In EMS, chest pain and chest injuries are some of the most critical and time-sensitive patients we encounter. Cardiac Tamponade is no different.
What is it?
Cardiac tamponade is a buildup of fluid in the pericardial sac that surrounds the heart which impairs the heart’s ability to contract and the ventricles to fill normally. When the ventricles are not allowed to fill as they want, we see a decrease in stroke volume, a drop in cardiac output, and visible signs of shock.
A series of events occur once the pericardium begins to fill with fluid:
1) The fluid around the heart begins compressing the wall of the heart itself
2) This compression does not allow the heart's chambers to expand, which prevents adequate filling
3) The inability to fill causes an internal traffic jam with blood
4) The back-up of blood means inadequate gas exchange at the lungs and poor perfusion of all tissues
How does it occur?
Cardiac tamponade often occurs as a result of trauma to the chest. Trauma can come from external blunt or penetrating forces of the chest wall itself or it can come indirectly from things like surgery. Myocardial infarctions can also cause cardiac tamponade when they result in cardiac rupture. Further, there are different types of infections that can cause cardiac tamponade.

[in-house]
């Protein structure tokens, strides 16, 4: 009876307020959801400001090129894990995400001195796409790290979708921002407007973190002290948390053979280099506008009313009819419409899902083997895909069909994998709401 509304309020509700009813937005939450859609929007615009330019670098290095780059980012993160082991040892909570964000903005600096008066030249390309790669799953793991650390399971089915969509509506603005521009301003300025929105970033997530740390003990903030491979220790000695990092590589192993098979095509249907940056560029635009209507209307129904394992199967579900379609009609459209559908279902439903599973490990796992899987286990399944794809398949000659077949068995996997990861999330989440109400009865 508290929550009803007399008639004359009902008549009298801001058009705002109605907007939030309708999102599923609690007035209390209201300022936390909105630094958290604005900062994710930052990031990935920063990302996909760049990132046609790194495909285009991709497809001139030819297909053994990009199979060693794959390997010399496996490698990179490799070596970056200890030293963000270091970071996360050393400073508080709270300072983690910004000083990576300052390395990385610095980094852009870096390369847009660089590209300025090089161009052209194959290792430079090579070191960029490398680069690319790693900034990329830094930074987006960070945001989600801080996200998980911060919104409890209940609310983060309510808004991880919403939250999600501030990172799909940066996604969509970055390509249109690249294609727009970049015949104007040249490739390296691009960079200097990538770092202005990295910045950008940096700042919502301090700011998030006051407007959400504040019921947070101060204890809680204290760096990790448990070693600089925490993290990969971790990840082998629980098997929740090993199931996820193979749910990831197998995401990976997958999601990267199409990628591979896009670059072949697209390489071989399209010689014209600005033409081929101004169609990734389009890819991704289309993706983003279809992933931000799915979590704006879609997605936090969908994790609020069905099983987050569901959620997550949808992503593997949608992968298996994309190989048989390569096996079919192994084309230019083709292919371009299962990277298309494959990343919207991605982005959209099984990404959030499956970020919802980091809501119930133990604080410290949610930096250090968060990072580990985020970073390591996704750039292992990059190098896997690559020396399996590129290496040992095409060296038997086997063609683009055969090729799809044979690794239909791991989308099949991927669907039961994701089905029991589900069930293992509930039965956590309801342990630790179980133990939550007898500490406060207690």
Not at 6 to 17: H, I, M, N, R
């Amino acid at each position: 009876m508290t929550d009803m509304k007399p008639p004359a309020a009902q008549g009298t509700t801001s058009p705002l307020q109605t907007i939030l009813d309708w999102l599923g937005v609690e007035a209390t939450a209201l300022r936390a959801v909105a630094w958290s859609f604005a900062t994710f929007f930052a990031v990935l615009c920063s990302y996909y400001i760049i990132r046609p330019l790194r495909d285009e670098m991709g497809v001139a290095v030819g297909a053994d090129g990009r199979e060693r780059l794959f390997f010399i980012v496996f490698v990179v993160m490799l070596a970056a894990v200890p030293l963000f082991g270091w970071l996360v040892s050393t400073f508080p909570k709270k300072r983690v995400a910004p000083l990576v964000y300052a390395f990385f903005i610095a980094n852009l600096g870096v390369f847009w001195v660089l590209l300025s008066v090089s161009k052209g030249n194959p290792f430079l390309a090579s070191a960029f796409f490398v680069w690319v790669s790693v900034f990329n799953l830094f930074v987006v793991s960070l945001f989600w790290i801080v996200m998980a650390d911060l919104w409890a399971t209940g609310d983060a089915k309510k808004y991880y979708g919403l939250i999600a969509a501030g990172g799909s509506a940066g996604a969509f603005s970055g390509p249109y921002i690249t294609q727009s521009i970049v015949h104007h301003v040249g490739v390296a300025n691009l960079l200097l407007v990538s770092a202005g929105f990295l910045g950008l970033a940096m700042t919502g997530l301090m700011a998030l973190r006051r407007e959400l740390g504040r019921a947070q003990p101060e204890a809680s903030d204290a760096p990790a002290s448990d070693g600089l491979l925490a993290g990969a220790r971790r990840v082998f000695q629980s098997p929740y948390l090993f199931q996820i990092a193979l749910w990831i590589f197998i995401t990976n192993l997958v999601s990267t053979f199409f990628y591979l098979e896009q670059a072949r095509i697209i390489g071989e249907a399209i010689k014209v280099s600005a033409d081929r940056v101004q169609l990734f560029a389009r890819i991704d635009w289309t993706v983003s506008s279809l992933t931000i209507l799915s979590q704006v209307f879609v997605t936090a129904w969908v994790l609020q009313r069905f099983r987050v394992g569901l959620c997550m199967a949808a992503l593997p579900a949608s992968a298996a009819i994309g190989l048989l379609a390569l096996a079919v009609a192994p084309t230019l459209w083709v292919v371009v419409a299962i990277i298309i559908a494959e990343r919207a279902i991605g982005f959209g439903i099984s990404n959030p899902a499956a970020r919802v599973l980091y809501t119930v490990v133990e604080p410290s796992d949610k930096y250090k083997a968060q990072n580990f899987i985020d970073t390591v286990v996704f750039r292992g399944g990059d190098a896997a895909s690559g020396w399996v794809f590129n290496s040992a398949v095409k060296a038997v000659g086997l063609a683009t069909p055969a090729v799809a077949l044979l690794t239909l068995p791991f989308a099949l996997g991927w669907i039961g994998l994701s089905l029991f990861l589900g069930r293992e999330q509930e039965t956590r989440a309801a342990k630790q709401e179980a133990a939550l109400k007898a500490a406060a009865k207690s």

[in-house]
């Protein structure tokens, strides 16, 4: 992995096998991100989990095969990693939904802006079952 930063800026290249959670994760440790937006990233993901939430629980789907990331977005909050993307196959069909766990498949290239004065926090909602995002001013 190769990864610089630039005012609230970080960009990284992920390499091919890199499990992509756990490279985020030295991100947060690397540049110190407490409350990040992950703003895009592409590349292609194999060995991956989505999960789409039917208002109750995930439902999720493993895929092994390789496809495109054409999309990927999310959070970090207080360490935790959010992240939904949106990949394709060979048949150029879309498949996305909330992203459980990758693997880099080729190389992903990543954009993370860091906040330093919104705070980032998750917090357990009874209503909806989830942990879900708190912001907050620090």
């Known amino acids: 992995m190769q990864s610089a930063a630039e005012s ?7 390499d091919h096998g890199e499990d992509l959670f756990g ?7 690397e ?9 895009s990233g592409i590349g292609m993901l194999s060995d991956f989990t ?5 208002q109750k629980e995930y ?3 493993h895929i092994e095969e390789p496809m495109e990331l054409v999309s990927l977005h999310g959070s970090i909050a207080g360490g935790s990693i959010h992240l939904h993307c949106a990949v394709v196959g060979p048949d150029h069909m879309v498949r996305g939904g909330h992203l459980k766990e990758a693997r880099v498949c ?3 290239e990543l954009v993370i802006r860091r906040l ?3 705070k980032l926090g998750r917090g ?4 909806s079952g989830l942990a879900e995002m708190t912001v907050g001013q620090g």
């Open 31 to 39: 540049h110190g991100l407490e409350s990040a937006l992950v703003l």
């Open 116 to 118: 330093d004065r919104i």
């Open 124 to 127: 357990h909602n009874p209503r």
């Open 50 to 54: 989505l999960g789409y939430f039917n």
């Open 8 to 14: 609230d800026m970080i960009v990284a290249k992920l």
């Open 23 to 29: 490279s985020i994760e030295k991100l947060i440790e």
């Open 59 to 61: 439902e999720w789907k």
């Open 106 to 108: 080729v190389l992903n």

What can we do about it?
(These are given as a general rule of thumb, ALWAYS FOLLOW YOUR LOCAL PROTOCOLS!)
Apply high concentration oxygen
Consider C-spine and full spinal immobilization if suspected trauma
Check vital signs every 5 minutes
Monitor ECG rhythms for any signs of arrhythmia
Ensure the patient is kept warm
Rapid transport and avoid things that will delay transport to an appropriate facility
Establish IV access and administer fluids as needed
Pericardiocentesis is the definitive treatment that few EMS personnel can perform. This is a procedure where a needle is inserted into the pericardial sac so that the excess fluid can be removed
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